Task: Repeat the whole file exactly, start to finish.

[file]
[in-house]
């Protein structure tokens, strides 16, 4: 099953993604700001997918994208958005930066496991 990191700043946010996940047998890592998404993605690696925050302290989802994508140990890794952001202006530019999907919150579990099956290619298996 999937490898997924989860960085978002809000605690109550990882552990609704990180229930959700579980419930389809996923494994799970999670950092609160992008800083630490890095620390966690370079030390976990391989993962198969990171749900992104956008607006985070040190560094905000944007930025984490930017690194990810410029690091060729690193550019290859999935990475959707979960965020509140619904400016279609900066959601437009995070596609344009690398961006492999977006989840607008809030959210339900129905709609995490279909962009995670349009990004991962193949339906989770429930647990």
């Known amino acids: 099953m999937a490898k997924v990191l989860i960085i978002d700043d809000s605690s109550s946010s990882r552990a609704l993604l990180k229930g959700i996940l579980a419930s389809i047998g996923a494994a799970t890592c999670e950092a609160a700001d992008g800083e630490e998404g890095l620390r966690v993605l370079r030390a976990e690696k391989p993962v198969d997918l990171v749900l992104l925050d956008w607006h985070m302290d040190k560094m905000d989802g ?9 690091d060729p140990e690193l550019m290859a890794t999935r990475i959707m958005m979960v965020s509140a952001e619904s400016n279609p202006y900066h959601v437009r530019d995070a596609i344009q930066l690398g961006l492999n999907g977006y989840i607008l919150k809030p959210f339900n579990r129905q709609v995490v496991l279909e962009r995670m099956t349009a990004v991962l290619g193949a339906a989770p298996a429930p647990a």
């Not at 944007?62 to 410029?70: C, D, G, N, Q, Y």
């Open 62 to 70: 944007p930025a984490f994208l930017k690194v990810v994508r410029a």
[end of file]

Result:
[in-house]
């Protein structure tokens, strides 16, 4: 099953993604700001997918994208958005930066496991 990191700043946010996940047998890592998404993605690696925050302290989802994508140990890794952001202006530019999907919150579990099956290619298996 999937490898997924989860960085978002809000605690109550990882552990609704990180229930959700579980419930389809996923494994799970999670950092609160992008800083630490890095620390966690370079030390976990391989993962198969990171749900992104956008607006985070040190560094905000944007930025984490930017690194990810410029690091060729690193550019290859999935990475959707979960965020509140619904400016279609900066959601437009995070596609344009690398961006492999977006989840607008809030959210339900129905709609995490279909962009995670349009990004991962193949339906989770429930647990």
């Known amino acids: 099953m999937a490898k997924v990191l989860i960085i978002d700043d809000s605690s109550s946010s990882r552990a609704l993604l990180k229930g959700i996940l579980a419930s389809i047998g996923a494994a799970t890592c999670e950092a609160a700001d992008g800083e630490e998404g890095l620390r966690v993605l370079r030390a976990e690696k391989p993962v198969d997918l990171v749900l992104l925050d956008w607006h985070m302290d040190k560094m905000d989802g ?9 690091d060729p140990e690193l550019m290859a890794t999935r990475i959707m958005m979960v965020s509140a952001e619904s400016n279609p202006y900066h959601v437009r530019d995070a596609i344009q930066l690398g961006l492999n999907g977006y989840i607008l919150k809030p959210f339900n579990r129905q709609v995490v496991l279909e962009r995670m099956t349009a990004v991962l290619g193949a339906a989770p298996a429930p647990a």
């Not at 944007?62 to 410029?70: C, D, G, N, Q, Y």
């Open 62 to 70: 944007p930025a984490f994208l930017k690194v990810v994508r410029a």